Read CHAPTER II of Young Captain Jack The Son of a Soldier , free online book, by Horatio Alger and Arthur M. Winfield, on

Darcy GILBERT’S story.

“He said I didn’t belong to the Ruthven family?” said Jack slowly, when he felt able to speak.

“He did, and I told him I didn’t believe him.”

“But but I don’t understand you, Darcy. Am I not Jack Ruthven, the son of the late Colonel Martin Ruthven?”

“He says not.”

“What! Does he mean to say that my mother isn’t my mother at all?” ejaculated Jack, with wide-open eyes.

“That’s it exactly, and he added that Marion wasn’t your sister.”

“I’ll I’ll punch his head for that!” was the quick return.

“I felt like doing that, too, Jack, even though he is so much older than either of us. I told him he was a mean fellow and that I wouldn’t believe him under oath.”

“But how did it all come about?”

“Oh, it started at the boathouse back of Old Ben’s place. He wanted to bully me, and I told him I wouldn’t let him lord it over me any more than you let him bully you. That got him started, for it seems he was sore over the fact that you took Marion out for a boatride one afternoon when he wanted her to go along with him on horseback. One word brought on another, and at last he said he reckoned you would have to clear out some day that you were only a low upstart anyway, with no real claim on the Ruthvens.”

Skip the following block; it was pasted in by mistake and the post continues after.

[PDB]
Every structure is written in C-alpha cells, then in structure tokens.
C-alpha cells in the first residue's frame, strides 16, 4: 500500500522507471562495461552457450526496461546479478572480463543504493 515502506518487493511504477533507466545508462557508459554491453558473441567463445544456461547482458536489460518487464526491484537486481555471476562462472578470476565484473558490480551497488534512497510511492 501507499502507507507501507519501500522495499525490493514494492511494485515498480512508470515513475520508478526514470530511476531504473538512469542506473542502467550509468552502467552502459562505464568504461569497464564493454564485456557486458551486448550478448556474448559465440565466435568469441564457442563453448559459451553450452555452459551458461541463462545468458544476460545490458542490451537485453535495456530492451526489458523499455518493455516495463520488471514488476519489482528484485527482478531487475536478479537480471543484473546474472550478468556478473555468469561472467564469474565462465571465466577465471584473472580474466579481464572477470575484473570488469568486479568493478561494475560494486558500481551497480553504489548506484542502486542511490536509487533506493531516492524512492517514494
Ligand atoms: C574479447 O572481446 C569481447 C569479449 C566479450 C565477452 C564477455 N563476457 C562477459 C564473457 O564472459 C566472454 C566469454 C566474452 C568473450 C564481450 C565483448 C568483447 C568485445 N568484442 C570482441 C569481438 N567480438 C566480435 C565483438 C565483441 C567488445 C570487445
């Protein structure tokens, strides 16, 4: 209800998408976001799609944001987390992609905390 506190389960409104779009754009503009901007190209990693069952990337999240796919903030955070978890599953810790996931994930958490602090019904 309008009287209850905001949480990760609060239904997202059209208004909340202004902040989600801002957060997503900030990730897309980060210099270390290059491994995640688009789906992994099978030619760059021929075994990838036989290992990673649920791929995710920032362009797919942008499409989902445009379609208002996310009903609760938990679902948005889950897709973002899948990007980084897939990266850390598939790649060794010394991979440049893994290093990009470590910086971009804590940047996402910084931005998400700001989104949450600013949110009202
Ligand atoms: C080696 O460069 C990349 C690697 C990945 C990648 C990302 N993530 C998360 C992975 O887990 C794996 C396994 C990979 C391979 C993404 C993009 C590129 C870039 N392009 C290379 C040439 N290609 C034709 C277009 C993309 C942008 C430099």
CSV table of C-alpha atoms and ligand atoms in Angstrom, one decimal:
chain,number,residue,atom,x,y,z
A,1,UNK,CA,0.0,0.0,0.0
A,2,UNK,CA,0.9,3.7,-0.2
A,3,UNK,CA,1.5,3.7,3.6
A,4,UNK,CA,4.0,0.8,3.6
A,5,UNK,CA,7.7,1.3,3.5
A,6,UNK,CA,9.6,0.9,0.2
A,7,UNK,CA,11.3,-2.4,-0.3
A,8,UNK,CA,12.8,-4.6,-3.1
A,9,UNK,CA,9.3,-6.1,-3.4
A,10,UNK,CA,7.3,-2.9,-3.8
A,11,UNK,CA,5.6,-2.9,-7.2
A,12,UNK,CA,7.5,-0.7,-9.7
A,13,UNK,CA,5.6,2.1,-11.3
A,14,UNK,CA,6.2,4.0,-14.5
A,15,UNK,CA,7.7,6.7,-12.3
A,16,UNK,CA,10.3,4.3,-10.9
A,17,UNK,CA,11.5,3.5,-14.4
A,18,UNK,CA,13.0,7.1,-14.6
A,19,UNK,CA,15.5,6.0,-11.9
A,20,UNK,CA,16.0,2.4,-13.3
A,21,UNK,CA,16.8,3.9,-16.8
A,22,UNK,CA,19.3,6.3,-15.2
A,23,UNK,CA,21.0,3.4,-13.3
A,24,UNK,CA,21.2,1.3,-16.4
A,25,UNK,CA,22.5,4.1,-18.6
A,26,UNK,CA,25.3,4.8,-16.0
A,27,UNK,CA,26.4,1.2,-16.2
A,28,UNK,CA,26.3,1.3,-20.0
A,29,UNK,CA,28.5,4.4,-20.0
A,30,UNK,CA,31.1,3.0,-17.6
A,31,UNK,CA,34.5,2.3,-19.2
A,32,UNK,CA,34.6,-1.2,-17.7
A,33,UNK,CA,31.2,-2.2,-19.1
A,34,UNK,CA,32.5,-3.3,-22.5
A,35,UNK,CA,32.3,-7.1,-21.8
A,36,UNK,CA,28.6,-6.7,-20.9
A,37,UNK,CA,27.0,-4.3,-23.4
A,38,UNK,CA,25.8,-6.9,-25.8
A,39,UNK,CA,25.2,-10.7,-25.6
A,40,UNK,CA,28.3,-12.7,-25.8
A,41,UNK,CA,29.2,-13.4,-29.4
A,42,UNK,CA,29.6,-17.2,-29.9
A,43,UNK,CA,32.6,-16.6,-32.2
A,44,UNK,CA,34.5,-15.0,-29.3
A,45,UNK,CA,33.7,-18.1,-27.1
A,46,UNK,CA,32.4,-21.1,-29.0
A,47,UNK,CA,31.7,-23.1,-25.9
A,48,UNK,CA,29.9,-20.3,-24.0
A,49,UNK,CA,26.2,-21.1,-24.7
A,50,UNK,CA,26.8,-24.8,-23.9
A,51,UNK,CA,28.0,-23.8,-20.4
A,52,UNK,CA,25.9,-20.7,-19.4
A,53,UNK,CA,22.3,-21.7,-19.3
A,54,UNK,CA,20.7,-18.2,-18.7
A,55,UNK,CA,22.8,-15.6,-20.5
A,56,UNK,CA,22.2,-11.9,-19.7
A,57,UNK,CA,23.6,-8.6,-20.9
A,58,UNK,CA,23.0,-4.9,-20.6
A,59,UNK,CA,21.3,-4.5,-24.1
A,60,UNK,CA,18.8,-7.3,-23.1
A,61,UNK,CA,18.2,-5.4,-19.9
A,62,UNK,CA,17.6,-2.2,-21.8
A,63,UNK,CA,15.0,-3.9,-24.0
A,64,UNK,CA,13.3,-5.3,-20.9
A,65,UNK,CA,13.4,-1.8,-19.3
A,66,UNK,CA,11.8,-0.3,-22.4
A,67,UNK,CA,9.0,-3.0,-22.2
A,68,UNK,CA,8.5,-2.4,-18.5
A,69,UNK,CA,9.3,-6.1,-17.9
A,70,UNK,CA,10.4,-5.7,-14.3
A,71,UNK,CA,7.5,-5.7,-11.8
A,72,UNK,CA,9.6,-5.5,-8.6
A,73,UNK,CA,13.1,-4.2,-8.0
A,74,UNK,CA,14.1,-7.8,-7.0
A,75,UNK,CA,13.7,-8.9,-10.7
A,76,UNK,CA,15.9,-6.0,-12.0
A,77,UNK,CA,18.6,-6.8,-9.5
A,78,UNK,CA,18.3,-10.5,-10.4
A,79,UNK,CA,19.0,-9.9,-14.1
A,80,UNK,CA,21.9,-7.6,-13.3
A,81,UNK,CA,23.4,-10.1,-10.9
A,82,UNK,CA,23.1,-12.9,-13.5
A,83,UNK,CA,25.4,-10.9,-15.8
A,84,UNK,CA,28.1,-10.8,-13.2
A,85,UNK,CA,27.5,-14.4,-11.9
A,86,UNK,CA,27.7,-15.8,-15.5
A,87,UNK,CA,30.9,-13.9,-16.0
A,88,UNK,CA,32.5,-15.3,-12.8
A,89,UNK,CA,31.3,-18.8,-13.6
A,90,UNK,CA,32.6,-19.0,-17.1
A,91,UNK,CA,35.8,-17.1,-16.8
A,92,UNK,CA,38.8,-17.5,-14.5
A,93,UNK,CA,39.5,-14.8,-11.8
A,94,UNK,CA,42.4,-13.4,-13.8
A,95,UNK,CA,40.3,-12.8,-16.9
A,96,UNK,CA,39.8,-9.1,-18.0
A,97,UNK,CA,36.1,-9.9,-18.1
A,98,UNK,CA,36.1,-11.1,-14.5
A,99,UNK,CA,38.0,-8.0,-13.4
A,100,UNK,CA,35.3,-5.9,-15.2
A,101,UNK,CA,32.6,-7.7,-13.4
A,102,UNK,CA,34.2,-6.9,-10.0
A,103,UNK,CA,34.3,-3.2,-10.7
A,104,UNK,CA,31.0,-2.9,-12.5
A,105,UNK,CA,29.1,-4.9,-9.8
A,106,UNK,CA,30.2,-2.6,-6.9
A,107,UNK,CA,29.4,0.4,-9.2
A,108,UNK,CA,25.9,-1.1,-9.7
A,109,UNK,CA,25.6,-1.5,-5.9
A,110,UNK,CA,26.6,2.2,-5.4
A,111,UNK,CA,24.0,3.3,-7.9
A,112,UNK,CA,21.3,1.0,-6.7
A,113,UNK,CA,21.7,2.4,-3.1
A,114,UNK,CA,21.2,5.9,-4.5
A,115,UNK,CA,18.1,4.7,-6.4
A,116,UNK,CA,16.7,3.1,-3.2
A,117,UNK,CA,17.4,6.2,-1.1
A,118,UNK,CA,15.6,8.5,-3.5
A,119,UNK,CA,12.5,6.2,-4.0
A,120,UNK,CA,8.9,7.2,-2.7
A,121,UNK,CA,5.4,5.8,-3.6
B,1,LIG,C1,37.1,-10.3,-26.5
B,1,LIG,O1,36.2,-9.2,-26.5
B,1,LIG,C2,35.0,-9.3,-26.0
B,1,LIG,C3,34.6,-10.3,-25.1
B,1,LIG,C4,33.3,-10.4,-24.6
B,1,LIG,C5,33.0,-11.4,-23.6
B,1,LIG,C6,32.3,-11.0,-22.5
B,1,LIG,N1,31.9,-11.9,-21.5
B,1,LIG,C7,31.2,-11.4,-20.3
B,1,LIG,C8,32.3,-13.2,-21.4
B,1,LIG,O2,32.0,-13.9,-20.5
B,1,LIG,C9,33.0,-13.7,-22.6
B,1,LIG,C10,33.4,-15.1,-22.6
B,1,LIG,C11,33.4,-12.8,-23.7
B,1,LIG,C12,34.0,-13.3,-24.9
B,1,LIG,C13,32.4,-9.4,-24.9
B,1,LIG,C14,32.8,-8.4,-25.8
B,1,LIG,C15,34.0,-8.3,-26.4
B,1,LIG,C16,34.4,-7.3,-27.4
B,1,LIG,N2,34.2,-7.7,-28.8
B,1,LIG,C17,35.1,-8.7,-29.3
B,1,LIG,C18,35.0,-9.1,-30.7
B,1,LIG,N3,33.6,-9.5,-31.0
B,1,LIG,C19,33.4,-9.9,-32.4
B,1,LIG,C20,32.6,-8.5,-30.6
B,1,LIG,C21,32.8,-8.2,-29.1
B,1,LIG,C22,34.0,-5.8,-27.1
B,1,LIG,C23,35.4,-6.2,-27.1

“He said that, did he?” Jack drew a long breath and set his teeth hard. “Did he try to prove his words?”

“I didn’t give him a chance. I was so upset I merely told him I didn’t believe him, and came away.”

“And where did he go?”

“He started off toward town.”

“When he comes back I’m going to find out the truth of this matter.”

“I don’t believe his story, Jack, and I wouldn’t worry myself about it.”

“But supposing it were true, Darcy that I was a a nobody, as he says?”

“I should think just as much of you,” answered the other lad quickly.

“Thank you for that.”

“St. John always talks too much don’t mind him.”

“But I shall. If he tells the truth I want to know it and, if not, I shall take steps to make him take back the stories he is circulating.”

“It’s a wonder he hasn’t gone to the war. Why doesn’t he enlist, like the rest of the young men in this neighborhood?”

“He says he must stay with his mother. But the real reason is, I think, that he is a coward.”